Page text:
“Jesus, if this is my time, I’m ready. You’ve blessed me with years beyond cancer and expected death. You’ve given me family that loves me, friends that care about me, and experiences of travel that have been so dear to my heart. I do not have regrets, and I feel that I have done the best I could with the hand you’ve dealt me. Just please remember to tell Rick my favorite hymn is In The Garden #425.“
This was my prayer at exactly 4:22 a.m. on July 8, 2020. It was shortly after this prayer that I texted my husband telling him that I loved him and that I wasn’t sure I was going to make it through to see daylight. Obviously I did make it, or else you wouldn’t be reading this. But it was later that morning my fears were confirmed and the doctors in the hospital informed me that I was fighting severe sepsis and the good news was that my body was responding to the intravenous medications, but that I wasn’t yet in the clear. My sense of organ failure that night was very accurate, even without knowing what was happening, and in the midst of that time I was forced to ask myself some of the questions that I was challenged with in Kendall Keeler’s book Your Last 24.
The whole situation was such a shock and disappointment to me, how did I end up here? On July 5th I woke up to celebrate 31 cancer free years. My father showed up with his classic truck to take me a ride, and from there my family spent the afternoon at my sister’s pool. When I got out of the pool, I laid down, became violently ill, and was barely conscious as I burst through the front door and made it as far as the couch. The next day I remained sick and Tuesday my mother marched through the door and told my husband, “If SHE says she should go to the hospital, get her there, NOW.” Less than 24 hours later I wasn’t sure I was going to see the light of another day.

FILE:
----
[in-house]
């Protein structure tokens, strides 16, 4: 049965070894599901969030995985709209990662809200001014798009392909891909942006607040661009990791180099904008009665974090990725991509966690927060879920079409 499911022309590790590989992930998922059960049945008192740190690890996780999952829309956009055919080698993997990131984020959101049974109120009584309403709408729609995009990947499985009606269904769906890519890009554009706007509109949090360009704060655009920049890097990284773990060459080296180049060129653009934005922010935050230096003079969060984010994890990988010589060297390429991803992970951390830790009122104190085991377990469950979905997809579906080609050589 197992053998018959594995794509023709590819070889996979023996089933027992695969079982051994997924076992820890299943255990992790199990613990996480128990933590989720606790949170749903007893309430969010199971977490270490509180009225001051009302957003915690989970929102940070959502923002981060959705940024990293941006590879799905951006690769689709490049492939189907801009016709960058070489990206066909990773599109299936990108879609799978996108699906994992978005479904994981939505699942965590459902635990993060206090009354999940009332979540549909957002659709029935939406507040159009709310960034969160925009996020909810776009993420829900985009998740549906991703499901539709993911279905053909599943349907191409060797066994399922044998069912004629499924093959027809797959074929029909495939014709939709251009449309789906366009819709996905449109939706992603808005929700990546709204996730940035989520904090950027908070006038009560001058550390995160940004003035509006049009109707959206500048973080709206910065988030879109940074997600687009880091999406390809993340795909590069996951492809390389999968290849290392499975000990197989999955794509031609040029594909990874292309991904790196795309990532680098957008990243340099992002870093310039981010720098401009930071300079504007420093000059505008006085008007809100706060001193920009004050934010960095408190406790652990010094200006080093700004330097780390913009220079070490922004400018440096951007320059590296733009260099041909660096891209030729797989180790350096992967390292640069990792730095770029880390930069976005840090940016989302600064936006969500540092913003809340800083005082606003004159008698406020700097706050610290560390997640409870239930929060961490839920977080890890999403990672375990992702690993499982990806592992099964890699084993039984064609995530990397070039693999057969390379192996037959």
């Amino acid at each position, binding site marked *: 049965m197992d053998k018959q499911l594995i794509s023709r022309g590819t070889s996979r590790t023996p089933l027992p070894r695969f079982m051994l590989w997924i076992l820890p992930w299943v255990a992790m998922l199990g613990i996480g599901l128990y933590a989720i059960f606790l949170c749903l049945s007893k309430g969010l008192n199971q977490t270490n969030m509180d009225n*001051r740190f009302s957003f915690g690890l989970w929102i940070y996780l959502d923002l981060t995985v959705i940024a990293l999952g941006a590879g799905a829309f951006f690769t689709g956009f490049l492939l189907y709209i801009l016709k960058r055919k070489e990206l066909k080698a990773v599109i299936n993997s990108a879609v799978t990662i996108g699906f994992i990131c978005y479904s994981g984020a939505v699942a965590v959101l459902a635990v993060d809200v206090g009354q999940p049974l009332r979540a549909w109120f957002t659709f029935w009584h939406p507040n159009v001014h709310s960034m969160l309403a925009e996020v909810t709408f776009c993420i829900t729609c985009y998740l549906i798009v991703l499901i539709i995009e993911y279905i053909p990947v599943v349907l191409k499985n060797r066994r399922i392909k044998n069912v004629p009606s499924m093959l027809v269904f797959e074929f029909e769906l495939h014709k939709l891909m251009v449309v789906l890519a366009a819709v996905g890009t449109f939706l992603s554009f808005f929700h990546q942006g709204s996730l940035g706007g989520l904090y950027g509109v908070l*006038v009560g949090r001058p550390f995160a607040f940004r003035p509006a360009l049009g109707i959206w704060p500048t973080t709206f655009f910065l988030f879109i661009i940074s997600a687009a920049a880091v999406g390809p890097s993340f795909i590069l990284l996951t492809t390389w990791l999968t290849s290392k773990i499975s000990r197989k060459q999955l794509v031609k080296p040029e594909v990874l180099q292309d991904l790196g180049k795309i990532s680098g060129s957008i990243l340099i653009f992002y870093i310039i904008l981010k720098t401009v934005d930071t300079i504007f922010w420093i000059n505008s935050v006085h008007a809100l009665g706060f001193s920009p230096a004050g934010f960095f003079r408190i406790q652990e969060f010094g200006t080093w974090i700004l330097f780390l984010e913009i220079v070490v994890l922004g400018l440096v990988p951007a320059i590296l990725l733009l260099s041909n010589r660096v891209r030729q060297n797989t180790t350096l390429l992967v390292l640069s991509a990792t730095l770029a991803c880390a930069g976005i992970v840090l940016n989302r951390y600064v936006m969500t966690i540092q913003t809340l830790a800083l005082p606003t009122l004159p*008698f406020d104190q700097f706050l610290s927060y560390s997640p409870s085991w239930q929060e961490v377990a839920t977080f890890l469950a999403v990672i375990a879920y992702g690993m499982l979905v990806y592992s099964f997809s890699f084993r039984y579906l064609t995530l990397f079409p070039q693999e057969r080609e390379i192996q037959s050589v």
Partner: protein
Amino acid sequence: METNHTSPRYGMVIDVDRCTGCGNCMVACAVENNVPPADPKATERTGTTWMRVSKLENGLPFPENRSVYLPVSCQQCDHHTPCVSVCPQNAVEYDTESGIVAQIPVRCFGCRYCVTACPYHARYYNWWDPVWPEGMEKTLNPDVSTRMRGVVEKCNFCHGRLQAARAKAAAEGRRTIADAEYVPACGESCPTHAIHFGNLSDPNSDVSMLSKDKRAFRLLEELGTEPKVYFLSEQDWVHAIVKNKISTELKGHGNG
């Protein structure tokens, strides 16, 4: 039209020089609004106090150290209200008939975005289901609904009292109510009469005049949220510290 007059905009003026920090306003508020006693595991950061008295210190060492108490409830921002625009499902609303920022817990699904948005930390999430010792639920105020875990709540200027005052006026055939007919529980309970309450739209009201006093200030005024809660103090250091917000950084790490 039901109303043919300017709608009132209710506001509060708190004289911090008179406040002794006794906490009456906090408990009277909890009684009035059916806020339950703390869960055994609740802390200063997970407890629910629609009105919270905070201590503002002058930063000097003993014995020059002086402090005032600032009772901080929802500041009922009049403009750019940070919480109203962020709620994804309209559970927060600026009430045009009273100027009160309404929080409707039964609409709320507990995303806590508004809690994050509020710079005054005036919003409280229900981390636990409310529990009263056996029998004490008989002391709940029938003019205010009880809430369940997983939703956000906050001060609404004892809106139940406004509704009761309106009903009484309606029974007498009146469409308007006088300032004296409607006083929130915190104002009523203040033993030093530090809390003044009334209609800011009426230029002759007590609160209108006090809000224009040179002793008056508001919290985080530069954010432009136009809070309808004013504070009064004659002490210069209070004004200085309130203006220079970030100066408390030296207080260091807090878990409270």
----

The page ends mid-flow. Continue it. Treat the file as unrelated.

Back when I went into the hospital for cancer 31 years ago, my parents had just gutted the kitchen in their home to begin extensive remodeling. I underwent cancer treatments and my parents juggled caring for me and my sister, work, and the remodeling of the kitchen all at once. 31 years later, I was admitted to the hospital on the day my parents gutted the same kitchen in the same house a second time for remodeling. What was happening? DejaVu, anyone? All I could muster up from the hospital on the phone to Mom was a simple, “No more kitchens.” On the plus side, she informed me that they found my silver bracelet, lost when I was 3 years old and my Dad’s wedding ring.